Screening for bowel cancer could save thousands of lives - but at a cost, a report says today.
Bowel cancer is second only to lung cancer as a fatal cancer in Britain, with 30,000 new cases a year. Almost half of these survive less than five years from diagnosis because their cancer is advanced by the time they develop symptoms.
In a joint statement published in the journal Gut, the British Society of Gastroenterology, the Royal College of Physicians and the Association of Coloproctology say there is good evidence that some form of screening could substantially reduce deaths. However, present levels of staff and resources would be unable to cope. The authors predict that screening will become widespread within 10 years but warn that more money will need to be found.
Embarrassment deters people from going to see their doctor with bowel problems making early diagnosis difficult. Nine out of ten cases of bowel cancer are not detected until the cancer has spread through the bowel wall or to other parts of the body. Up to 90 per cent of cases develop from pre-cancerous polyps (growths) in the bowel wall. By removing these early the risk of cancer can be substantially reduced.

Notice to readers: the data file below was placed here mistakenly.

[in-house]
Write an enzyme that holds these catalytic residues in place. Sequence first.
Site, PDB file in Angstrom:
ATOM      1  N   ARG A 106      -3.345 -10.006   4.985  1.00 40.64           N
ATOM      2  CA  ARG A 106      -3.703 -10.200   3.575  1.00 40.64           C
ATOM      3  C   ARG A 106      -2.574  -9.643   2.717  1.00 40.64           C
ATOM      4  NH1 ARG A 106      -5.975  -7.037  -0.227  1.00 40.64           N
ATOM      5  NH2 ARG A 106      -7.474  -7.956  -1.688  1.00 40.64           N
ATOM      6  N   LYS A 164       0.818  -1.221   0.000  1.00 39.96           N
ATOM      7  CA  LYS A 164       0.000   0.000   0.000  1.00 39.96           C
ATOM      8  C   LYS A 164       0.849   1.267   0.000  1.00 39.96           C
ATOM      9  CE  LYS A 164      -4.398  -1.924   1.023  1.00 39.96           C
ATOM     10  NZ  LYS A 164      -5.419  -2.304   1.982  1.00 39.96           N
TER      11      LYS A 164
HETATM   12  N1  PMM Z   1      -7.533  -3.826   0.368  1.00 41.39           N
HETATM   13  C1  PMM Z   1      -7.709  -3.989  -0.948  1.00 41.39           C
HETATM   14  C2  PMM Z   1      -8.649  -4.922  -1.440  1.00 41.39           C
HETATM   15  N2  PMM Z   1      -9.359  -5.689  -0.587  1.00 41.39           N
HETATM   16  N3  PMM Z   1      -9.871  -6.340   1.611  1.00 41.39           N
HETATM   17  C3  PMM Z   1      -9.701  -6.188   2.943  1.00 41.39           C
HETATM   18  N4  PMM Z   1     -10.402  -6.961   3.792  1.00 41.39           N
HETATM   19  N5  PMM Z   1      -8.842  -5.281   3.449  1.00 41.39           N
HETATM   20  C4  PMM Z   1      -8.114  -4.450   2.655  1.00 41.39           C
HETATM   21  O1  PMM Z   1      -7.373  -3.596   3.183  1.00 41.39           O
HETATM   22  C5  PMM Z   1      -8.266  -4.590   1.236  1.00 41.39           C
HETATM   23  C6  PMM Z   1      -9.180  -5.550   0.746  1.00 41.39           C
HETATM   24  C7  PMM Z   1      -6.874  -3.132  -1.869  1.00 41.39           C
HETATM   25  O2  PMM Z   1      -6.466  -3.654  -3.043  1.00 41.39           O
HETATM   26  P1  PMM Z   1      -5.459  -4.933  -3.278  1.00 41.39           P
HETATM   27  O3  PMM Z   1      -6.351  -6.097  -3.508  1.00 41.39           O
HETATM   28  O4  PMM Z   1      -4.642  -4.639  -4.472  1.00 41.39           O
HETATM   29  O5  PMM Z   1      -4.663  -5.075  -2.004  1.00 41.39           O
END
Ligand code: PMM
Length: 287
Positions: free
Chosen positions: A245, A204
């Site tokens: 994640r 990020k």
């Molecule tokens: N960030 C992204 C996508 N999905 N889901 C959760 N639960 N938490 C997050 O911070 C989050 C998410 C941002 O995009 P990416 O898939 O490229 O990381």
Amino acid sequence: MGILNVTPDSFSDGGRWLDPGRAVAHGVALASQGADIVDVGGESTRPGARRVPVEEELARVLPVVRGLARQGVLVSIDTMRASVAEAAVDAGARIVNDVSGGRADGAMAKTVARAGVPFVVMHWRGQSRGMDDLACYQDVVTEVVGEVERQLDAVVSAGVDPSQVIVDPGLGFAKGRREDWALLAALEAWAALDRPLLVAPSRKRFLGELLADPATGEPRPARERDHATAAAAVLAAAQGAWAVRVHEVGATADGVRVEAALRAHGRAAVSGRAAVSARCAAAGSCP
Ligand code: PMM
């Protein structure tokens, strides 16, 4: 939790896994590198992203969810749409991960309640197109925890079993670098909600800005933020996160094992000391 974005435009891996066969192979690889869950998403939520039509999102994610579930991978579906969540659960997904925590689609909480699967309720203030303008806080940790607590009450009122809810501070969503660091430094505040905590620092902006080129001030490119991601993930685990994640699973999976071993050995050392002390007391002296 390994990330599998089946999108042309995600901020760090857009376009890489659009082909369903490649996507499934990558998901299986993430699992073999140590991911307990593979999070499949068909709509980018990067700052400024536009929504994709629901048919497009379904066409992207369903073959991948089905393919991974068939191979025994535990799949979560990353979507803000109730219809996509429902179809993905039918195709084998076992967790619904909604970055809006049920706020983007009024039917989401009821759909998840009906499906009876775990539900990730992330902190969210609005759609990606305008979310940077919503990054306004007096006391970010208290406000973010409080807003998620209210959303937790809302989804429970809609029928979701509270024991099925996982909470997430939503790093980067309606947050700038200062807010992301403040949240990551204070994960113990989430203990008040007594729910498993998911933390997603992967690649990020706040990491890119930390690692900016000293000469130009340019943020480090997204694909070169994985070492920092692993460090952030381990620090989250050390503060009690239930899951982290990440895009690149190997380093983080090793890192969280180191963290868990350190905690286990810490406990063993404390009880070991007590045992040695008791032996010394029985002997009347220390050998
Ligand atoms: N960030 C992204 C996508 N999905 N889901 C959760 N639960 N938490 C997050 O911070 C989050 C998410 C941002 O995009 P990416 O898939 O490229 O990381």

Trials are being run to find the best method of screening. One involves a test to detect blood in the stools and the other uses a flexible probe with a camera on the end. However, high-risk individuals with a family history should already have screening, it says.
Professor Jonathan Rhodes, professor of medicine at the University of Liverpool and chairman of the group that produced the statement, said: "Screening offers the best chance of reducing bowel cancer mortality in the short term but the screening procedures are relatively unpleasant and there is probably quite a fine balance between benefit and risk for the average person.Screening is already considered standard in the US, however, and seems likely to follow here."
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